Dubai: It will be quite a tough call for Sourav Ganguly, the President of Indian cricket board and Brijesh Patel, an Indian star of the ‘70s and chairman of Indian Premier League (IPL) when they take a final decision on the fate of IPL 2020 season in their governing council meeting in Mumbai on Saturday.
With the Coronavirus scare being declared a pandemic, the federal government has advised the Board of Control for Cricket India (BCCI) that hosting all the matches behind closed doors is the only option if they want to go ahead with the tournament on schedule from March 29. The directive of hosting any international fixture under the current climate became functional from the one-day series between India and South Africa, as the two remaining ODIs in Lucknow and Kolkata will now be held without fans.
The BCCI, in their own wisdom, had kept in touch with the Ministry of Health and had on Wednesday evening issued elobrate guidelines to be followed during the India-South Africa series - a template which would have been in place for the IPL as well. However, a senior government bureaucrat said on Wednesday that if a sports event is unavoidable and has to be organised, it should be done without any public gathering.
“All national federations, including the BCCI, have been told to adhere to the guidelines and advisory issued by the ministry of health and public welfare. We have also told them to avoid any public gathering and if a sporting event has to be organised, it should be done without gathering of people,” said Union Sports Secretary Radhey Shyam Julaniya.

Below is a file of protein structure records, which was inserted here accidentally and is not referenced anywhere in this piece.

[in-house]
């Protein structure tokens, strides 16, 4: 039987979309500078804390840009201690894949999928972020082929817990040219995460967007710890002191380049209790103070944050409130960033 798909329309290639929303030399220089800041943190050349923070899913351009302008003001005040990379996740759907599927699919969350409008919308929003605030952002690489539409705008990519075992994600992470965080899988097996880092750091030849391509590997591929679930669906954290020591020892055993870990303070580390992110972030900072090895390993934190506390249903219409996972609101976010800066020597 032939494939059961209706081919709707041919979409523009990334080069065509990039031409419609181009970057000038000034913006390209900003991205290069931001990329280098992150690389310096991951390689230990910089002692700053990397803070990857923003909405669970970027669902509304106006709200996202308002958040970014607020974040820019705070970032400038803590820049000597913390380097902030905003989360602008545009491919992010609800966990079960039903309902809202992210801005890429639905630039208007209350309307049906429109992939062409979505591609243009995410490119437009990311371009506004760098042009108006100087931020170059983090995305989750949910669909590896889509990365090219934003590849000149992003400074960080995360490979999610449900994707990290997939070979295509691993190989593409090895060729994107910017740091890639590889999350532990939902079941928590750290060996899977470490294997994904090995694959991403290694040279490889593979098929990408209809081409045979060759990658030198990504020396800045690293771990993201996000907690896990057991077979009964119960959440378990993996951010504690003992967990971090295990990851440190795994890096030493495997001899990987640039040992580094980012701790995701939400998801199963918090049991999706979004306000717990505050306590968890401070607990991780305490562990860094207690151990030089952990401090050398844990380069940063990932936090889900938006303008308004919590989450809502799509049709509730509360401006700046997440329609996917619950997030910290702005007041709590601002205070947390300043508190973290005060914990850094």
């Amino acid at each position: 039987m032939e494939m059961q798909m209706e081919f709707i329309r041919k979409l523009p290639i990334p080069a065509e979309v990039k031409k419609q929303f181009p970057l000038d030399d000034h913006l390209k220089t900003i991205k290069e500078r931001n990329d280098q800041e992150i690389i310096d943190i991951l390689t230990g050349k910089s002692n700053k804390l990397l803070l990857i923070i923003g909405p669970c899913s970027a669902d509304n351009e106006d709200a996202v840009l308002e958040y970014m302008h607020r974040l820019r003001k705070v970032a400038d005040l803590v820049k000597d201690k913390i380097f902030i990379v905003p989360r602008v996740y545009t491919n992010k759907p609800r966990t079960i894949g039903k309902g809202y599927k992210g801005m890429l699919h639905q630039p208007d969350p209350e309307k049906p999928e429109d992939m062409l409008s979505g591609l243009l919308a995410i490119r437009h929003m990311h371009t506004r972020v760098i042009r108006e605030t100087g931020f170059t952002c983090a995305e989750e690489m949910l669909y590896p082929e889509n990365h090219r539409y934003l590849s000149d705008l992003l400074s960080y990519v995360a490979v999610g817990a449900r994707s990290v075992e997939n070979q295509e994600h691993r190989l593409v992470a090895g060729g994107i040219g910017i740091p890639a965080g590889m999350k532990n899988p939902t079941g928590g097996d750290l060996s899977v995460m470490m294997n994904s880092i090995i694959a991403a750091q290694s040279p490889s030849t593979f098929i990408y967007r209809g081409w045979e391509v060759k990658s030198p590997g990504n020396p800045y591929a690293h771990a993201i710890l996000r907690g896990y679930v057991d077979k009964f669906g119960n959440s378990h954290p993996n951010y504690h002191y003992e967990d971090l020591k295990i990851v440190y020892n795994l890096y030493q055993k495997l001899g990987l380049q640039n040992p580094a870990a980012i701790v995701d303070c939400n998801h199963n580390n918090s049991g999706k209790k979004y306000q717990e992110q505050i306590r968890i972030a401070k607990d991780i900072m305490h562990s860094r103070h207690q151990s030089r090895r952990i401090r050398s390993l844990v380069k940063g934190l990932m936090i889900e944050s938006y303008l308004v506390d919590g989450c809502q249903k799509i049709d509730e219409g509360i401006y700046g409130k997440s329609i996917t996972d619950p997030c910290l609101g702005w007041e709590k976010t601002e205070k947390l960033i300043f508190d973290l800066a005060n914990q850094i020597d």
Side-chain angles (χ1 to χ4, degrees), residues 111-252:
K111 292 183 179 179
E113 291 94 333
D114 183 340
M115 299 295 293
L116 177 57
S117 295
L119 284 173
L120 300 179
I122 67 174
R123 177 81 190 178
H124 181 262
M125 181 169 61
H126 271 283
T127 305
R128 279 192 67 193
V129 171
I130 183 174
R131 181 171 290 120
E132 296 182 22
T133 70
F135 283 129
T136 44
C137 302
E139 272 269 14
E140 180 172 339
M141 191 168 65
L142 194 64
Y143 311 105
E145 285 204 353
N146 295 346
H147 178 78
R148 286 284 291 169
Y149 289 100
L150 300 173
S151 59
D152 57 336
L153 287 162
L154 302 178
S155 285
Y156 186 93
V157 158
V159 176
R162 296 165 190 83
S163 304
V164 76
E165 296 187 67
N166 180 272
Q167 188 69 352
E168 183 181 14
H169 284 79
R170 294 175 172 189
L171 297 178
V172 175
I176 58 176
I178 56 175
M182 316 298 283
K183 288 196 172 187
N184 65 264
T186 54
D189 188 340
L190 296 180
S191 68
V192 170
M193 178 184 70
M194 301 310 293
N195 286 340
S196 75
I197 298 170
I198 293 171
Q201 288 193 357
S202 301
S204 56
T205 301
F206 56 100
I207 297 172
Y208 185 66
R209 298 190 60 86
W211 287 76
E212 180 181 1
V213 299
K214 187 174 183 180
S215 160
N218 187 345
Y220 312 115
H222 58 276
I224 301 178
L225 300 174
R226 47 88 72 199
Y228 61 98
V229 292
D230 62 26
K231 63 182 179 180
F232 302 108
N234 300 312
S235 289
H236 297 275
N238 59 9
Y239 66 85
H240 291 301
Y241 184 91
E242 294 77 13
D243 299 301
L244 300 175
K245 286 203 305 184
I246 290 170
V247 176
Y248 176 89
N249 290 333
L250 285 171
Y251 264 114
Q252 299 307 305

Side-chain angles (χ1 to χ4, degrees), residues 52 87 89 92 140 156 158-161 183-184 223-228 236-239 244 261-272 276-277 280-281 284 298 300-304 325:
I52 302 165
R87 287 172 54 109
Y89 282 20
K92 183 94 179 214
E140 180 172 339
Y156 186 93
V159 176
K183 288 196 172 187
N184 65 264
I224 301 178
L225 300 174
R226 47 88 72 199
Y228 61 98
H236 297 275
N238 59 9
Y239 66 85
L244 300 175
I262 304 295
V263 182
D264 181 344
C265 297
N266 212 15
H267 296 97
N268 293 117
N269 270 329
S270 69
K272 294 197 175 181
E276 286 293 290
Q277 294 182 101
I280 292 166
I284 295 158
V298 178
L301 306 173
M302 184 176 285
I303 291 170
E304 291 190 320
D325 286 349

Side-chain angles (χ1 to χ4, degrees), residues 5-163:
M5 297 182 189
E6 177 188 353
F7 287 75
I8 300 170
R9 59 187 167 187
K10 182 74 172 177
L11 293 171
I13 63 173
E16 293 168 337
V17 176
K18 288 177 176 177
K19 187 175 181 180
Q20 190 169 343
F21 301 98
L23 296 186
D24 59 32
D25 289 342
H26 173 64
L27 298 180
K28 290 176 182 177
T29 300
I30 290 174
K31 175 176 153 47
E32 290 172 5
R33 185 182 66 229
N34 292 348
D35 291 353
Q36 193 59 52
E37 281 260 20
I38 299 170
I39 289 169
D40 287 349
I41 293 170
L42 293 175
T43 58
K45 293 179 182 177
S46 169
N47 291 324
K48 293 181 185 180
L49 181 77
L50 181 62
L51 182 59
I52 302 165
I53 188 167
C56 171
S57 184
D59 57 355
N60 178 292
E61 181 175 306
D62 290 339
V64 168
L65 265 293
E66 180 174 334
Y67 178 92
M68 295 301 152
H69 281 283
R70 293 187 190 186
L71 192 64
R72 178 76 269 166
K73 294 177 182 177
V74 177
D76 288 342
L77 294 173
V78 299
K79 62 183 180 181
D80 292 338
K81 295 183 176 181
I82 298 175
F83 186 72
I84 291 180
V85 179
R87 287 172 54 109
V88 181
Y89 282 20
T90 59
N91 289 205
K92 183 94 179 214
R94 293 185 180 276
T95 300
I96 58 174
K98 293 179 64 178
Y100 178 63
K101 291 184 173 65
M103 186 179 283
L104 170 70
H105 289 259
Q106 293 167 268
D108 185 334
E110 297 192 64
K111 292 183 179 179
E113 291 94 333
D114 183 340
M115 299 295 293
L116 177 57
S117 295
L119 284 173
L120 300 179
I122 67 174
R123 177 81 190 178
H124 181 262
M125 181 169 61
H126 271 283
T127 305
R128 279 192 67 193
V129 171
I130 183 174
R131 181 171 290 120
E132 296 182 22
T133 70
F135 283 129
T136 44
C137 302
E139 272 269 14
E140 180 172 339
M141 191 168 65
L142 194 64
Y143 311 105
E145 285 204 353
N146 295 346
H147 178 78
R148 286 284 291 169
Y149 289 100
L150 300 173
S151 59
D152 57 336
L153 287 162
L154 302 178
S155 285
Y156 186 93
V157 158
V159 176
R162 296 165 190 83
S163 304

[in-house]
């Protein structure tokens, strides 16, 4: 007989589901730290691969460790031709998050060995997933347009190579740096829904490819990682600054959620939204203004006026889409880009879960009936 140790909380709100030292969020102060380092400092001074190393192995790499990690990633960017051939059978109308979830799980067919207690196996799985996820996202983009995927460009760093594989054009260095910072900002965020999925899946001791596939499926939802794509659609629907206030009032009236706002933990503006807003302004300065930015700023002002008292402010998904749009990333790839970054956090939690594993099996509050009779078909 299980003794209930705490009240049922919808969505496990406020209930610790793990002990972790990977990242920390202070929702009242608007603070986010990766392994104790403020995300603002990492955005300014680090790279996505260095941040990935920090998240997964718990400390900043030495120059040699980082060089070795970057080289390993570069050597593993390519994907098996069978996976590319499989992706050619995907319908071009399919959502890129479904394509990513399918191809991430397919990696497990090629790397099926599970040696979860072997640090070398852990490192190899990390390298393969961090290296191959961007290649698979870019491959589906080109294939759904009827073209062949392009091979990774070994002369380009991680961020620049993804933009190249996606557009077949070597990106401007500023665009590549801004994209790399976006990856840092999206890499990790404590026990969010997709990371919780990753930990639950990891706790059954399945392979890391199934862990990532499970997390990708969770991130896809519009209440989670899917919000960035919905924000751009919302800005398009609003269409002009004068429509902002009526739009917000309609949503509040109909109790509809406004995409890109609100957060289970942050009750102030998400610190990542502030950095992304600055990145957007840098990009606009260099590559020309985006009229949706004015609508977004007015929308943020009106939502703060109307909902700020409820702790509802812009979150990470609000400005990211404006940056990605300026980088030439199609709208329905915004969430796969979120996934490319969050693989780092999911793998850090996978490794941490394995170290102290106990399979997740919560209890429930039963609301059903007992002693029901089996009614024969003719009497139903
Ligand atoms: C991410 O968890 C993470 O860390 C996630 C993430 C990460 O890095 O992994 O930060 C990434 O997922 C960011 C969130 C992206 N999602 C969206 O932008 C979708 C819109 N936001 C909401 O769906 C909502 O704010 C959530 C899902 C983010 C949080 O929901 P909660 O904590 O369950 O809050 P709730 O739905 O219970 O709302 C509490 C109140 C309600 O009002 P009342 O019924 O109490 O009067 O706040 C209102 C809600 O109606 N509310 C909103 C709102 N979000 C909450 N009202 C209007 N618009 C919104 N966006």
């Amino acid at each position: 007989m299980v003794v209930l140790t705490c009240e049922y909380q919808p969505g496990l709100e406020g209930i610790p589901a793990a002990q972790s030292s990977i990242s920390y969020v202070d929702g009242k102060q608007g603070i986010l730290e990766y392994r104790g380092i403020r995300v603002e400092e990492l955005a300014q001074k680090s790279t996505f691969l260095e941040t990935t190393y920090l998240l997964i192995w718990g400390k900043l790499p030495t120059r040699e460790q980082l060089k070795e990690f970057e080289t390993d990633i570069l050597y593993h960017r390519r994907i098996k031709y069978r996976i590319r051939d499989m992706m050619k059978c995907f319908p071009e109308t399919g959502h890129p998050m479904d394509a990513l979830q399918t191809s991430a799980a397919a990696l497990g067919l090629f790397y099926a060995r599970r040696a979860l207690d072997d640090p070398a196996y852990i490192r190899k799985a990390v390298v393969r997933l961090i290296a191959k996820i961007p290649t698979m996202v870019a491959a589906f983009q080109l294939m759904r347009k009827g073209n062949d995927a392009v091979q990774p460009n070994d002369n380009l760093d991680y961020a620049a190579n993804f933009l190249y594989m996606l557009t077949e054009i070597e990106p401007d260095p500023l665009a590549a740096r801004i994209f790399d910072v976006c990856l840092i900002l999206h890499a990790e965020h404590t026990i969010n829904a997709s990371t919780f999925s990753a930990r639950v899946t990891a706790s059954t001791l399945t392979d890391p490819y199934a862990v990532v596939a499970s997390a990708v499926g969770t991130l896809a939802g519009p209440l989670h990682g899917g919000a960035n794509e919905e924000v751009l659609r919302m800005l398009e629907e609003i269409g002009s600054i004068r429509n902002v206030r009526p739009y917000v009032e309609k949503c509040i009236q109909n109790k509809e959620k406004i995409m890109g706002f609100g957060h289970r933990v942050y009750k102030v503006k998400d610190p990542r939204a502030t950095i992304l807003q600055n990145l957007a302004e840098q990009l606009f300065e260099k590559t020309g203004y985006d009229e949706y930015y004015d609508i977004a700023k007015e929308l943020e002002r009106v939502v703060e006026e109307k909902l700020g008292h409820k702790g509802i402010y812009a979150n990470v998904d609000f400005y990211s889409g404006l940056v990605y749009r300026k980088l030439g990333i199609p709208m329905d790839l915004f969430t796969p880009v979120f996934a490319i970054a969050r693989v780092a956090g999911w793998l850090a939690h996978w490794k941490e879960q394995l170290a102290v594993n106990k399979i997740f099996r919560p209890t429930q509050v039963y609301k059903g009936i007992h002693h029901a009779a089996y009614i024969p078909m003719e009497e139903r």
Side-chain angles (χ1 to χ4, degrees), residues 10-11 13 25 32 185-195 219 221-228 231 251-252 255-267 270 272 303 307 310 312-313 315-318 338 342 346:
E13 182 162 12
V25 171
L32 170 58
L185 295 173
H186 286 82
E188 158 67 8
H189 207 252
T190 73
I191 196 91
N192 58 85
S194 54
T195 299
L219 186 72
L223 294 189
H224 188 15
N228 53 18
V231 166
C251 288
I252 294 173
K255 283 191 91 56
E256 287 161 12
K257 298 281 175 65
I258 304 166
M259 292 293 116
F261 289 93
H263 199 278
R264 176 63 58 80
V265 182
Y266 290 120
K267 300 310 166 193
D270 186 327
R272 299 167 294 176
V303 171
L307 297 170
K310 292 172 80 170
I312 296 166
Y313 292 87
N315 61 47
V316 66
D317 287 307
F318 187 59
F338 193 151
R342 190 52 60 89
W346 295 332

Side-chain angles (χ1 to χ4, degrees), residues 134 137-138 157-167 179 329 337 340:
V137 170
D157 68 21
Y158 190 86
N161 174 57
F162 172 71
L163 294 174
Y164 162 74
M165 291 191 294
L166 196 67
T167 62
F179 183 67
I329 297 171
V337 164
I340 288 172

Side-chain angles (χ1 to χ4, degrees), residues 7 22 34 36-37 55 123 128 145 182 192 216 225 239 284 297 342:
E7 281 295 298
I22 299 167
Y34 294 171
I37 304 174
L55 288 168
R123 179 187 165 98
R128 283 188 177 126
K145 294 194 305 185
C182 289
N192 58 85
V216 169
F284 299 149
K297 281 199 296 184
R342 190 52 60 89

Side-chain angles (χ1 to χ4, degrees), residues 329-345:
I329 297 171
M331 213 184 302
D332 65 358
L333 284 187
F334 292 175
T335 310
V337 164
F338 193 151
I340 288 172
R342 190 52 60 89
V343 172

“It is the state government who has to manage the crowd and who have the power under the epidemic diseases act (Epidemic Act of 1897). If it is unavoidable and it has to be organised, then they should do it without collecting the crowd,” the official said.
If hosting the IPL behind closed doors was an idea that the BCCI could have still have reconciled with, the non-availability of foreign players at least till April 15 (the government has cancelled travel visas granted to all foreigners till the deadline) has proved to be a major concern for the BCCI as well as the franchises. Each of the eight franchises have, on an average, seven to eight foreign recruits though four overseas players are allowed to be a part of the playing XI on a match day.
While the franchise members contacted by Gulf News said it’s ‘‘too sensitive” an issue to comment, an IANS reported quoted a franchise official that while they ready to reconcile with the idea of playing to empty galleries, they wanted the BCCI to appeal the government to reconsider their decision of the travel ban on foreign professionals.
“See, the Proteas are already in the country, so as per the directive, they can easily stay back. Also, if you see, the Englishmen are already in Sri Lanka and the Kiwis are playing the Aussies in Australia, so they are anyway on the road. We just need the BCCI to sit down with the governmental departments and get us the clearance so that we can have the IPL with foreign players. The whole tournament will lose its charm if the foreign players are not there. It is the biggest cricket carnival in the world for a reason,” the official said.